Eli Lilly hands transpacific biotech upstart Terns pieces to an experimental NASH puzzle
For Weidong Zhong, the fastest part of starting up a transpacific biotech was finding the money.
Almost immediately after stepping out of Novartis’ early-stage research group a year ago, the longtime investigator with a background that includes a stint involving liver diseases at Gilead had the enthusiastic backing of Lilly Asia Ventures, a busy venture group which provided the $30 million needed to get going.
“They very much liked the idea,” Zhong tells me. “We didn’t even have time to disclose that (Series A) because everything happened so quickly.”
Now, the rest of it is coming together quickly as well, with a pipeline that’s being swelled today by an in-licensing deal with Eli Lilly delivering three programs for NASH. So it’s a good time, Zhong feels, to make the debut they had missed a year ago.
The basic idea at Terns Pharmaceuticals was that a California-based discovery team allied with a small development group in China could assemble a pipeline and efficiently develop new drugs primarily for the Chinese market.
“We can shorten the time it takes to develop drugs for the China market,” says the CEO, who feels they are well positioned to translate the rapidly improving regulatory process in China. Eli Lilly plans to learn from their progress.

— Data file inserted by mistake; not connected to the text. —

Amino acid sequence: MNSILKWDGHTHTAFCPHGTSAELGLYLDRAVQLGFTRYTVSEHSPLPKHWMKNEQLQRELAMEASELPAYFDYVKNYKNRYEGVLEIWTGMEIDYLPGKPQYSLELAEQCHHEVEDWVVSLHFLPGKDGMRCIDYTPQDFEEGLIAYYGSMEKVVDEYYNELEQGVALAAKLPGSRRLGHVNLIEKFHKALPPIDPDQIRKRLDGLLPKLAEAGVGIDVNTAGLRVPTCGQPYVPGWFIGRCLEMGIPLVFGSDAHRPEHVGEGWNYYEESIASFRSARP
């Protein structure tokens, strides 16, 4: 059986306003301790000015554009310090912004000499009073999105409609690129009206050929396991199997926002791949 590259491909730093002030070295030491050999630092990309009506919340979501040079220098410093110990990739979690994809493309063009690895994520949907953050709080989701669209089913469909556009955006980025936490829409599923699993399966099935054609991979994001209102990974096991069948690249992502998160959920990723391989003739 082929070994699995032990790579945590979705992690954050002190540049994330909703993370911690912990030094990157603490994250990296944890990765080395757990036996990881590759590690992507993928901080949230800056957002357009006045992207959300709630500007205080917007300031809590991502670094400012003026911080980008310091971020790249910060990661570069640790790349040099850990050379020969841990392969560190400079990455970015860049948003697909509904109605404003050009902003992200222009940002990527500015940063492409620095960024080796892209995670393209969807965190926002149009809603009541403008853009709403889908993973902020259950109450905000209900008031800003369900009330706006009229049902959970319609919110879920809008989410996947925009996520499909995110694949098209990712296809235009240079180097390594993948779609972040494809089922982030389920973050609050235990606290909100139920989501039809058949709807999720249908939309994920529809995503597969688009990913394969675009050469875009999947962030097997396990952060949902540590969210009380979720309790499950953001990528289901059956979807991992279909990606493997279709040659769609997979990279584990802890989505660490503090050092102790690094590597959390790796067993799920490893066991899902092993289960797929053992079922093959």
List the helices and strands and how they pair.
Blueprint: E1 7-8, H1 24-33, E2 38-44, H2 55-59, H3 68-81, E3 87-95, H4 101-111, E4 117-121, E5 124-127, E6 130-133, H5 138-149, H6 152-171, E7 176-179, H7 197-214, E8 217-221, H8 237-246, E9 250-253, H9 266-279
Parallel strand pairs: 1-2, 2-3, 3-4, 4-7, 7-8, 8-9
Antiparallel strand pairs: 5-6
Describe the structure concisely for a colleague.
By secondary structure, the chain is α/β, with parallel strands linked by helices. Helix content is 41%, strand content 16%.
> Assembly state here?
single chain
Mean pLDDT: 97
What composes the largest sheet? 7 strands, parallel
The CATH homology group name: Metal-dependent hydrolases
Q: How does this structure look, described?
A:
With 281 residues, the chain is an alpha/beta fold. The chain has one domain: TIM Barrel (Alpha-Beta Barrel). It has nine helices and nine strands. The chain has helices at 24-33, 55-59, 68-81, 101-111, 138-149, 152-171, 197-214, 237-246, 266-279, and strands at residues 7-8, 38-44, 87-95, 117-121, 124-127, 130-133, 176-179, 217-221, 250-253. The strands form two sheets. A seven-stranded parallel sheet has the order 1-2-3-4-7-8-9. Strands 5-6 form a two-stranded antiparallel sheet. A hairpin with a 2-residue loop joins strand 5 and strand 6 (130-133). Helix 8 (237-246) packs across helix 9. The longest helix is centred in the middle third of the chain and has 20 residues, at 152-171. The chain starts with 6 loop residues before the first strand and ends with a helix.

With an intro from their colleagues at Lilly Asia Ventures, they were able to ink an agreement with the mother company that covers a clinical-stage farnesoid X receptor (FXR) agonist, TERN-101, a semicarbazide-sensitive amine oxidase (SSAO) inhibitor, TERN-201 — which is nearing IND submission — and an undisclosed preclinical candidate. And they are combining the NASH work with oncology, building on the 5 programs pieced together by their in-house group in Shanghai.
101 seems well designed to advance in China, says the scientist, as the various players begin to assemble the unique combinations that he believes will be needed to address various stages of NASH, as well as possibly different genetic groups. 201, though, he believes has the kind of first-in-class potential that they could work on for both the US and the Chinese markets simultaneously.
The move to out license drugs pointed primarily to China comes about a year after Lilly opted to shut down its R&D base in Shanghai, following a pattern of big pharma exits that also included GSK. Lilly now is focusing on alliances like this one to advance new drugs in the booming Asian market.
Zhong likes the idea of going back into liver diseases and matching it with oncology as a good way of distinguishing the startup in a booming Chinese biotech field. And he has every intention of staying in the fast lane.
Their projection for the SSAO drug is to get it into the clinic in early 2019, with a shot at completing the proof-of-concept stage in 2021 that could — if everything works out — leave them on the threshold of a late-stage program.
That’s ambitious for a company that currently totals about 15 full timers, plus CRO help. But Zhong feels that the company can operate like the small, tough little water bird it’s named after, built for long migrations.
They may be small, but Terns plans to go far.